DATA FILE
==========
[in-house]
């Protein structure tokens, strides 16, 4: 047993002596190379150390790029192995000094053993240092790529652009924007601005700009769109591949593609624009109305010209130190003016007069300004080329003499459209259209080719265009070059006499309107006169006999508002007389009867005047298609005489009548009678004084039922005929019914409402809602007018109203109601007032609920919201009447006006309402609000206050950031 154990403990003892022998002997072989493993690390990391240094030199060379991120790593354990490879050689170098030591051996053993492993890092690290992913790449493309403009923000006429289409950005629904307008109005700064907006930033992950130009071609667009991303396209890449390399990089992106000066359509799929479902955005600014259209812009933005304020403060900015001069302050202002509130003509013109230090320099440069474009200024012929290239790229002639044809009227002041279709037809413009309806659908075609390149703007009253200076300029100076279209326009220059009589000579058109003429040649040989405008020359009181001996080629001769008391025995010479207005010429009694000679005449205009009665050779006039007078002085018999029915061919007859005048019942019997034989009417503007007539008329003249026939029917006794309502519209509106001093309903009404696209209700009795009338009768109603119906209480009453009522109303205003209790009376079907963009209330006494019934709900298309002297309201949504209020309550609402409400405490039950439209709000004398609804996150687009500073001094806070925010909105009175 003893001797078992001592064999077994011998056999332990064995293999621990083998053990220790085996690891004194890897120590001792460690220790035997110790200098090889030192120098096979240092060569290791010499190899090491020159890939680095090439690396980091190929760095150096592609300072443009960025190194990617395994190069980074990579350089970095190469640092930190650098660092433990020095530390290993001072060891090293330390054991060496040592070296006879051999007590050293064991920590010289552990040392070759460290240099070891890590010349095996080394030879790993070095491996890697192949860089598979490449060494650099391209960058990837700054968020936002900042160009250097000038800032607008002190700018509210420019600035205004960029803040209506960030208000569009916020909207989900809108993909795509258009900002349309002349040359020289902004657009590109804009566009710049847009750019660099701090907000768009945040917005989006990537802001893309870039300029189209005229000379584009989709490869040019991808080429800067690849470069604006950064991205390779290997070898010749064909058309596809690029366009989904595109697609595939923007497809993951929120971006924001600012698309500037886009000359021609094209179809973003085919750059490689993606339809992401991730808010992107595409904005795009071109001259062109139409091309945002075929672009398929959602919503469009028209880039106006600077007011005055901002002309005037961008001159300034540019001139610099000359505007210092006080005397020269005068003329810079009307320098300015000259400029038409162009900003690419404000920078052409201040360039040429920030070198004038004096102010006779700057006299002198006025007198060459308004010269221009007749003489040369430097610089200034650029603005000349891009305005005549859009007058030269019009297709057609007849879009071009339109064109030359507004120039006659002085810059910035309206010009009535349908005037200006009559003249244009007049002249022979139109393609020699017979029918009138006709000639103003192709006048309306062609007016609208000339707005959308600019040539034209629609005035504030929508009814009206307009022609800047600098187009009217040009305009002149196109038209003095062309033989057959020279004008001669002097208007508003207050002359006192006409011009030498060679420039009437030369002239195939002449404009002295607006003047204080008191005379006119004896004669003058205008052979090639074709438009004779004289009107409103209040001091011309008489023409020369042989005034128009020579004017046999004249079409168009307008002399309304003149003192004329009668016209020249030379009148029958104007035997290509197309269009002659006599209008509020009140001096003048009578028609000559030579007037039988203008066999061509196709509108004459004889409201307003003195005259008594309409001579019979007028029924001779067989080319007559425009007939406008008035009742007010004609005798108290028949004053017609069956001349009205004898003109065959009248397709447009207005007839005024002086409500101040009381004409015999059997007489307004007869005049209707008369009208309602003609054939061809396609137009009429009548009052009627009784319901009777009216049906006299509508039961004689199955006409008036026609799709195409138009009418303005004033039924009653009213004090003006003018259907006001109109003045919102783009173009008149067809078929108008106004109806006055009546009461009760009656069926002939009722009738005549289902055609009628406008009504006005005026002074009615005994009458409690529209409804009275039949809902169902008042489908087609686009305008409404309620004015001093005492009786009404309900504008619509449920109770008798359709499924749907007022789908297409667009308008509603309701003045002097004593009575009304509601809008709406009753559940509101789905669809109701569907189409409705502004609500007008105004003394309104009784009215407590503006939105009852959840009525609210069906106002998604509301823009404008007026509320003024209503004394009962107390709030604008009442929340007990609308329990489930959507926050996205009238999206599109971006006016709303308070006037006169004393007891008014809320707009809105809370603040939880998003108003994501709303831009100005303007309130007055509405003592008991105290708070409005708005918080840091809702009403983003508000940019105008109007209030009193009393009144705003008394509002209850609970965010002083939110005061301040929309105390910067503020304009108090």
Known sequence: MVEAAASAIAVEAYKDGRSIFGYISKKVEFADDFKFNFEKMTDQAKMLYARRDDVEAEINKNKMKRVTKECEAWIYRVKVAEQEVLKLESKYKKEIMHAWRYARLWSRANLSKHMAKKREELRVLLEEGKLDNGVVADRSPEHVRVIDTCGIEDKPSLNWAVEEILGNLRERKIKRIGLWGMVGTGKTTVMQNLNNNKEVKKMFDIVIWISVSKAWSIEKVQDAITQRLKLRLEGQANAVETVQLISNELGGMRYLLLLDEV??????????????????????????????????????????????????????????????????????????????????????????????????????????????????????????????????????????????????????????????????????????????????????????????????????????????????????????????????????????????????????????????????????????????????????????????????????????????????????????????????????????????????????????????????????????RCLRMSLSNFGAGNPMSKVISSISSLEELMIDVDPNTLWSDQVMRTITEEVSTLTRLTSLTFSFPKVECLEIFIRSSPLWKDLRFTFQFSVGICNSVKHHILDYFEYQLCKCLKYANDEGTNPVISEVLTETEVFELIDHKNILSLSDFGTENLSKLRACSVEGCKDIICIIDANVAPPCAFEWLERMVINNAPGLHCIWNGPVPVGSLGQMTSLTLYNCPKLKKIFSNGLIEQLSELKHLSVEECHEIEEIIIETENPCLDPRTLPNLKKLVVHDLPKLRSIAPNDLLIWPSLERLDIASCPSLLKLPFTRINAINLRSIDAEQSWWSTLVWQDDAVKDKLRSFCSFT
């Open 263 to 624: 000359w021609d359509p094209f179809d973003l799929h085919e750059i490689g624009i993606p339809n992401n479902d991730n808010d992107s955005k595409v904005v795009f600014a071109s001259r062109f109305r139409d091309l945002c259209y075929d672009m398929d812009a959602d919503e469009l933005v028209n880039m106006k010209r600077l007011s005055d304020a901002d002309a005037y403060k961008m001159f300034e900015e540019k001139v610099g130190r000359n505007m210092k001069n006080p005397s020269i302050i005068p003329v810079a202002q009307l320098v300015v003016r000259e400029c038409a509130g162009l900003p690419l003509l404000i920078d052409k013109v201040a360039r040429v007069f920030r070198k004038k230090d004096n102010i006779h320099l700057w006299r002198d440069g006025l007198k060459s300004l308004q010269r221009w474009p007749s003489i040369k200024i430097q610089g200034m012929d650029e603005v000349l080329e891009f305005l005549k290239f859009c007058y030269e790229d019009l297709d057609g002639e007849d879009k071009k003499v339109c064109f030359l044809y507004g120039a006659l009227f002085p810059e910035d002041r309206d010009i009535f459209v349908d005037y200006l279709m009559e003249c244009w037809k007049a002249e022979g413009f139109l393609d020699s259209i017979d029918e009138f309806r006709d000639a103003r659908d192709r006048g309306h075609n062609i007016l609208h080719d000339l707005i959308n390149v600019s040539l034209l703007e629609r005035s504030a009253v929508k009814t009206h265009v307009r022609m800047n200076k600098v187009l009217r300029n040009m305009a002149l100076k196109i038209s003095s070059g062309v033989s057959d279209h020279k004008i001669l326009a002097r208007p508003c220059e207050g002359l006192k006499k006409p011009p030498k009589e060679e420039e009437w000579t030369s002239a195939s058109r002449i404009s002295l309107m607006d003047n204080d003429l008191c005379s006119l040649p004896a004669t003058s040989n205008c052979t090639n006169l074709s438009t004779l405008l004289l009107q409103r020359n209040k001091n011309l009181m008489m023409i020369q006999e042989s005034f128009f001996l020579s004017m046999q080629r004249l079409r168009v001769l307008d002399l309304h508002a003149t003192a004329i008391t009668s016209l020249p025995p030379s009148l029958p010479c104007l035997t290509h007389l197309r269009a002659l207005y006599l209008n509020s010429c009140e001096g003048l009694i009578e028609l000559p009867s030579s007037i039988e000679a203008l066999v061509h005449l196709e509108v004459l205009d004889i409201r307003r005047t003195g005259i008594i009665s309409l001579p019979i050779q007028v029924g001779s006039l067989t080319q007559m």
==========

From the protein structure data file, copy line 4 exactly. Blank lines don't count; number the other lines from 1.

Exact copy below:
């Open 263 to 624: 000359w021609d359509p094209f179809d973003l799929h085919e750059i490689g624009i993606p339809n992401n479902d991730n808010d992107s955005k595409v904005v795009f600014a071109s001259r062109f109305r139409d091309l945002c259209y075929d672009m398929d812009a959602d919503e469009l933005v028209n880039m106006k010209r600077l007011s005055d304020a901002d002309a005037y403060k961008m001159f300034e900015e540019k001139v610099g130190r000359n505007m210092k001069n006080p005397s020269i302050i005068p003329v810079a202002q009307l320098v300015v003016r000259e400029c038409a509130g162009l900003p690419l003509l404000i920078d052409k013109v201040a360039r040429v007069f920030r070198k004038k230090d004096n102010i006779h320099l700057w006299r002198d440069g006025l007198k060459s300004l308004q010269r221009w474009p007749s003489i040369k200024i430097q610089g200034m012929d650029e603005v000349l080329e891009f305005l005549k290239f859009c007058y030269e790229d019009l297709d057609g002639e007849d879009k071009k003499v339109c064109f030359l044809y507004g120039a006659l009227f002085p810059e910035d002041r309206d010009i009535f459209v349908d005037y200006l279709m009559e003249c244009w037809k007049a002249e022979g413009f139109l393609d020699s259209i017979d029918e009138f309806r006709d000639a103003r659908d192709r006048g309306h075609n062609i007016l609208h080719d000339l707005i959308n390149v600019s040539l034209l703007e629609r005035s504030a009253v929508k009814t009206h265009v307009r022609m800047n200076k600098v187009l009217r300029n040009m305009a002149l100076k196109i038209s003095s070059g062309v033989s057959d279209h020279k004008i001669l326009a002097r208007p508003c220059e207050g002359l006192k006499k006409p011009p030498k009589e060679e420039e009437w000579t030369s002239a195939s058109r002449i404009s002295l309107m607006d003047n204080d003429l008191c005379s006119l040649p004896a004669t003058s040989n205008c052979t090639n006169l074709s438009t004779l405008l004289l009107q409103r020359n209040k001091n011309l009181m008489m023409i020369q006999e042989s005034f128009f001996l020579s004017m046999q080629r004249l079409r168009v001769l307008d002399l309304h508002a003149t003192a004329i008391t009668s016209l020249p025995p030379s009148l029958p010479c104007l035997t290509h007389l197309r269009a002659l207005y006599l209008n509020s010429c009140e001096g003048l009694i009578e028609l000559p009867s030579s007037i039988e000679a203008l066999v061509h005449l196709e509108v004459l205009d004889i409201r307003r005047t003195g005259i008594i009665s309409l001579p019979i050779q007028v029924g001779s006039l067989t080319q007559m």